In the previous chapters, you created an API and interacted with it using RESTed. However, users expect something a bit nicer to use TIL! The next two chapters show you how to build a simple iOS app that interacts with the API. In this chapter, you’ll learn how to create different models and get models from the database.
In this chapter, you’ll expand the app to include viewing details about a single acronym. You’ll also learn how to perform the final CRUD operations: edit and delete. Finally, you’ll learn how to add acronyms to categories.

Section II: Making a Simple Web App

This section teaches you how to build a front-end web site for your Vapor application. You’ll learn to use Leaf, Vapor’s templating engine, to generate dynamic web pages to display your app’s data. You’ll also learn how to accept data from a browser so that users can create and edit your models. This section will provide you the necessary building blocks to build a full website with Vapor.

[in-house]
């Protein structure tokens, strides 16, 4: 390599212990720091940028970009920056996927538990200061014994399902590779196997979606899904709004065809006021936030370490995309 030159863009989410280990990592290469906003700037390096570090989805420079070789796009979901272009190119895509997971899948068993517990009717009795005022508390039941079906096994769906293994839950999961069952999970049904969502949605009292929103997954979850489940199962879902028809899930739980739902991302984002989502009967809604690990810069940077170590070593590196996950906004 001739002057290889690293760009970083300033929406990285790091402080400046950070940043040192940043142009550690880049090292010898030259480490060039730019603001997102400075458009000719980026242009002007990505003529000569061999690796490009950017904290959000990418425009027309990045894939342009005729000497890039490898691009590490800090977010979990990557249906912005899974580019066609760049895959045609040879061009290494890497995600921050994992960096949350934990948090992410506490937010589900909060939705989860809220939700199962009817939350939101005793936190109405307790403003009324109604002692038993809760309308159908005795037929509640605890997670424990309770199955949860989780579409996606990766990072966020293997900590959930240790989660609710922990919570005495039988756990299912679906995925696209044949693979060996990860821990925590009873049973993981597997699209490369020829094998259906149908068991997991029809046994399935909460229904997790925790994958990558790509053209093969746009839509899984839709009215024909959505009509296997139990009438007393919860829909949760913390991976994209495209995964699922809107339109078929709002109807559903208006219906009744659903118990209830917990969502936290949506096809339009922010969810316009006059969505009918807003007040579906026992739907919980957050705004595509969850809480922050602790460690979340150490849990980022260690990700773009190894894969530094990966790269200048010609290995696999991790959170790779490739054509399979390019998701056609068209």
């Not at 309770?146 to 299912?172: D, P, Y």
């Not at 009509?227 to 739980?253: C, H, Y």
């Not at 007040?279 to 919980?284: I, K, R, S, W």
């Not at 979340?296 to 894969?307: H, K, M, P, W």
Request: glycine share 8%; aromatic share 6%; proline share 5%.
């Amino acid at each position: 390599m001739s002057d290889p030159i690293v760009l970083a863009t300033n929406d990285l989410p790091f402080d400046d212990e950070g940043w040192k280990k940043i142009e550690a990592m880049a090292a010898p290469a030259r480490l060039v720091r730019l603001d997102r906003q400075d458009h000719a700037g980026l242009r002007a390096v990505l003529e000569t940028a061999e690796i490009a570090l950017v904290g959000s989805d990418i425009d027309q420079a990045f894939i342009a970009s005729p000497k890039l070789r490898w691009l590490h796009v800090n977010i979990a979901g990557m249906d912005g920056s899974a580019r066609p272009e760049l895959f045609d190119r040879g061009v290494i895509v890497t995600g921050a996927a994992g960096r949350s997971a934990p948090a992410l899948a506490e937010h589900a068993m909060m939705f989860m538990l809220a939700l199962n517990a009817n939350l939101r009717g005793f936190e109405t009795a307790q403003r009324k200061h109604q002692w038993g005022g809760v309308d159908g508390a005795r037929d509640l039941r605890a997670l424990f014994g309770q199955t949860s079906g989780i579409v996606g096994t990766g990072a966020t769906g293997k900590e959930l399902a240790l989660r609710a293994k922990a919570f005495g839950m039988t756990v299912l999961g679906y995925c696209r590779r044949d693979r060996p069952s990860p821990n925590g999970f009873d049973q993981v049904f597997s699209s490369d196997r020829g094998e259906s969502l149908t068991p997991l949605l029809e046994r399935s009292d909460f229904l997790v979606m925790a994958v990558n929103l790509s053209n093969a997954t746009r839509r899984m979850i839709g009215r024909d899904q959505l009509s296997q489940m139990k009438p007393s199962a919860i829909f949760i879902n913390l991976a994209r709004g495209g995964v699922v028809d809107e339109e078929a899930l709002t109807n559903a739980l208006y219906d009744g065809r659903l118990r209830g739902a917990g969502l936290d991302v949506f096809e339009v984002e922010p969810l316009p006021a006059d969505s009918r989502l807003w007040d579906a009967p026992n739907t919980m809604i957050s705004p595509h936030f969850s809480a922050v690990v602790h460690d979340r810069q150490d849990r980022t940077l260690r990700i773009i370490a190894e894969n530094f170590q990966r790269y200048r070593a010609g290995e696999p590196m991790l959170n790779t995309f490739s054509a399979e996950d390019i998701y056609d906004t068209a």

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In this chapter, you’ll learn how to use Leaf Vapor’s templating language to make simple and dynamic websites using Vapor. Leaf allows you to pass information to a webpage so it can generate the final HTML without knowing everything up front.
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In this chapter, you’ll learn how to use the Bootstrap framework to add styling to your pages. You’ll also learn how to embed templates so you only have to make changes in one place. Next, you’ll also see how to serve files with Vapor.